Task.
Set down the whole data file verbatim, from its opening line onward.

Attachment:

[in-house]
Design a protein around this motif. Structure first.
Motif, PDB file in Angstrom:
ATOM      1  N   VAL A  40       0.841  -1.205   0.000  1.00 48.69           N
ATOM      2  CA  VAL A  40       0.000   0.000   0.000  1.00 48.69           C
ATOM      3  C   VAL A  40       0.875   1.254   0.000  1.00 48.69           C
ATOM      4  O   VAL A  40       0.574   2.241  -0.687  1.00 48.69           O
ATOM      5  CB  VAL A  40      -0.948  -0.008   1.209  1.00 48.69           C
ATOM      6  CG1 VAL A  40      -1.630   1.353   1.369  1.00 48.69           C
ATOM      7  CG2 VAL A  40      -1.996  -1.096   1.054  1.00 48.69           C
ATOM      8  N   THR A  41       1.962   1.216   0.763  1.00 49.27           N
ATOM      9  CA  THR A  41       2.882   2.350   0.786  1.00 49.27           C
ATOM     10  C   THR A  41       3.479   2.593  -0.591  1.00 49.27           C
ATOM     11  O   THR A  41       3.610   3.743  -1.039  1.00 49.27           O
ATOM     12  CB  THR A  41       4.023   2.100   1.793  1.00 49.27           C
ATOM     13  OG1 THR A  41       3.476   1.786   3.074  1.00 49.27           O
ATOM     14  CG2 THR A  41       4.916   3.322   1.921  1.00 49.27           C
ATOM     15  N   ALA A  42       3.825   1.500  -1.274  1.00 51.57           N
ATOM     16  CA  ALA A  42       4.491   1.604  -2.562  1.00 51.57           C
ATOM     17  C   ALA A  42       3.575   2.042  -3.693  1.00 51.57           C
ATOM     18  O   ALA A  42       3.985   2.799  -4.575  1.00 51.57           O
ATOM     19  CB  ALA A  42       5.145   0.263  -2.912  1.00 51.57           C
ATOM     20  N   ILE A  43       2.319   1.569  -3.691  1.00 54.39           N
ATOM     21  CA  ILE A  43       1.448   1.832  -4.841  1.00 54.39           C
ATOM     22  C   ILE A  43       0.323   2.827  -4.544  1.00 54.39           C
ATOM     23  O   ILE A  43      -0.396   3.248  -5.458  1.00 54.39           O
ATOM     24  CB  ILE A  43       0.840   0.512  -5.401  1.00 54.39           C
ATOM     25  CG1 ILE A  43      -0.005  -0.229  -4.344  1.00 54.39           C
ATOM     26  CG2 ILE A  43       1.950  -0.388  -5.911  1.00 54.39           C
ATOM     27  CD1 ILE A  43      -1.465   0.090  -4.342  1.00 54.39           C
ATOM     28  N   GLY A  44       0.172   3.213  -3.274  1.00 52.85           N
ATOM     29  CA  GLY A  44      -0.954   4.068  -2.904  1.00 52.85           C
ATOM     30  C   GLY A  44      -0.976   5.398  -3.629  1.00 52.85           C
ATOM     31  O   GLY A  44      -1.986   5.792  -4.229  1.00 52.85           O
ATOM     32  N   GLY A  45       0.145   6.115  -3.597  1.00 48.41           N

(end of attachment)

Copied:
[in-house]
Design a protein around this motif. Structure first.
Motif, PDB file in Angstrom:
ATOM      1  N   VAL A  40       0.841  -1.205   0.000  1.00 48.69           N
ATOM      2  CA  VAL A  40       0.000   0.000   0.000  1.00 48.69           C
ATOM      3  C   VAL A  40       0.875   1.254   0.000  1.00 48.69           C
ATOM      4  O   VAL A  40       0.574   2.241  -0.687  1.00 48.69           O
ATOM      5  CB  VAL A  40      -0.948  -0.008   1.209  1.00 48.69           C
ATOM      6  CG1 VAL A  40      -1.630   1.353   1.369  1.00 48.69           C
ATOM      7  CG2 VAL A  40      -1.996  -1.096   1.054  1.00 48.69           C
ATOM      8  N   THR A  41       1.962   1.216   0.763  1.00 49.27           N
ATOM      9  CA  THR A  41       2.882   2.350   0.786  1.00 49.27           C
ATOM     10  C   THR A  41       3.479   2.593  -0.591  1.00 49.27           C
ATOM     11  O   THR A  41       3.610   3.743  -1.039  1.00 49.27           O
ATOM     12  CB  THR A  41       4.023   2.100   1.793  1.00 49.27           C
ATOM     13  OG1 THR A  41       3.476   1.786   3.074  1.00 49.27           O
ATOM     14  CG2 THR A  41       4.916   3.322   1.921  1.00 49.27           C
ATOM     15  N   ALA A  42       3.825   1.500  -1.274  1.00 51.57           N
ATOM     16  CA  ALA A  42       4.491   1.604  -2.562  1.00 51.57           C
ATOM     17  C   ALA A  42       3.575   2.042  -3.693  1.00 51.57           C
ATOM     18  O   ALA A  42       3.985   2.799  -4.575  1.00 51.57           O
ATOM     19  CB  ALA A  42       5.145   0.263  -2.912  1.00 51.57           C
ATOM     20  N   ILE A  43       2.319   1.569  -3.691  1.00 54.39           N
ATOM     21  CA  ILE A  43       1.448   1.832  -4.841  1.00 54.39           C
ATOM     22  C   ILE A  43       0.323   2.827  -4.544  1.00 54.39           C
ATOM     23  O   ILE A  43      -0.396   3.248  -5.458  1.00 54.39           O
ATOM     24  CB  ILE A  43       0.840   0.512  -5.401  1.00 54.39           C
ATOM     25  CG1 ILE A  43      -0.005  -0.229  -4.344  1.00 54.39           C
ATOM     26  CG2 ILE A  43       1.950  -0.388  -5.911  1.00 54.39           C
ATOM     27  CD1 ILE A  43      -1.465   0.090  -4.342  1.00 54.39           C
ATOM     28  N   GLY A  44       0.172   3.213  -3.274  1.00 52.85           N
ATOM     29  CA  GLY A  44      -0.954   4.068  -2.904  1.00 52.85           C
ATOM     30  C   GLY A  44      -0.976   5.398  -3.629  1.00 52.85           C
ATOM     31  O   GLY A  44      -1.986   5.792  -4.229  1.00 52.85           O
ATOM     32  N   GLY A  45       0.145   6.115  -3.597  1.00 48.41           N